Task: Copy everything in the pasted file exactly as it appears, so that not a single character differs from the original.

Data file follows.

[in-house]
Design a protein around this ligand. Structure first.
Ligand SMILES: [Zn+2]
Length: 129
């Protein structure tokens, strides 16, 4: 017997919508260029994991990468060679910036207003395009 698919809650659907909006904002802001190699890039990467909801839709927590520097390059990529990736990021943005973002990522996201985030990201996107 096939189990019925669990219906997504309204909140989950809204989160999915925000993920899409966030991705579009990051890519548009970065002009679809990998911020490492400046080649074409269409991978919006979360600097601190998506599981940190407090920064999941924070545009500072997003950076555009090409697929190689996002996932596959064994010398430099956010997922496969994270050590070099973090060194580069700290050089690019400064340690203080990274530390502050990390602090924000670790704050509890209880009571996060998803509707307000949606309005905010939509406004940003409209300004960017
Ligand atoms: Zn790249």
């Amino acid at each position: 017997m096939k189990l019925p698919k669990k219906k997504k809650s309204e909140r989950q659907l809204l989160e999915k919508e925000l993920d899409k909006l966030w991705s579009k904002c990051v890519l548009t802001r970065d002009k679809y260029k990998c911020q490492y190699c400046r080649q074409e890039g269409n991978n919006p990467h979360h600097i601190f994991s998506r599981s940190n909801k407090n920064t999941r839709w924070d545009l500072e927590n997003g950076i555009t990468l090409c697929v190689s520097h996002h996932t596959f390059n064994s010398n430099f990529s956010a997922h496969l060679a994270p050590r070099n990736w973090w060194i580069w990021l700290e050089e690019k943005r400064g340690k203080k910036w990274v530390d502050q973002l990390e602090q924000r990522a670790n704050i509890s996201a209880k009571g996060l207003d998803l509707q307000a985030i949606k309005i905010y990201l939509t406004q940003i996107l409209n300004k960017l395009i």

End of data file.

[in-house]
Design a protein around this ligand. Structure first.
Ligand SMILES: [Zn+2]
Length: 129
């Protein structure tokens, strides 16, 4: 017997919508260029994991990468060679910036207003395009 698919809650659907909006904002802001190699890039990467909801839709927590520097390059990529990736990021943005973002990522996201985030990201996107 096939189990019925669990219906997504309204909140989950809204989160999915925000993920899409966030991705579009990051890519548009970065002009679809990998911020490492400046080649074409269409991978919006979360600097601190998506599981940190407090920064999941924070545009500072997003950076555009090409697929190689996002996932596959064994010398430099956010997922496969994270050590070099973090060194580069700290050089690019400064340690203080990274530390502050990390602090924000670790704050509890209880009571996060998803509707307000949606309005905010939509406004940003409209300004960017
Ligand atoms: Zn790249």
């Amino acid at each position: 017997m096939k189990l019925p698919k669990k219906k997504k809650s309204e909140r989950q659907l809204l989160e999915k919508e925000l993920d899409k909006l966030w991705s579009k904002c990051v890519l548009t802001r970065d002009k679809y260029k990998c911020q490492y190699c400046r080649q074409e890039g269409n991978n919006p990467h979360h600097i601190f994991s998506r599981s940190n909801k407090n920064t999941r839709w924070d545009l500072e927590n997003g950076i555009t990468l090409c697929v190689s520097h996002h996932t596959f390059n064994s010398n430099f990529s956010a997922h496969l060679a994270p050590r070099n990736w973090w060194i580069w990021l700290e050089e690019k943005r400064g340690k203080k910036w990274v530390d502050q973002l990390e602090q924000r990522a670790n704050i509890s996201a209880k009571g996060l207003d998803l509707q307000a985030i949606k309005i905010y990201l939509t406004q940003i996107l409209n300004k960017l395009i």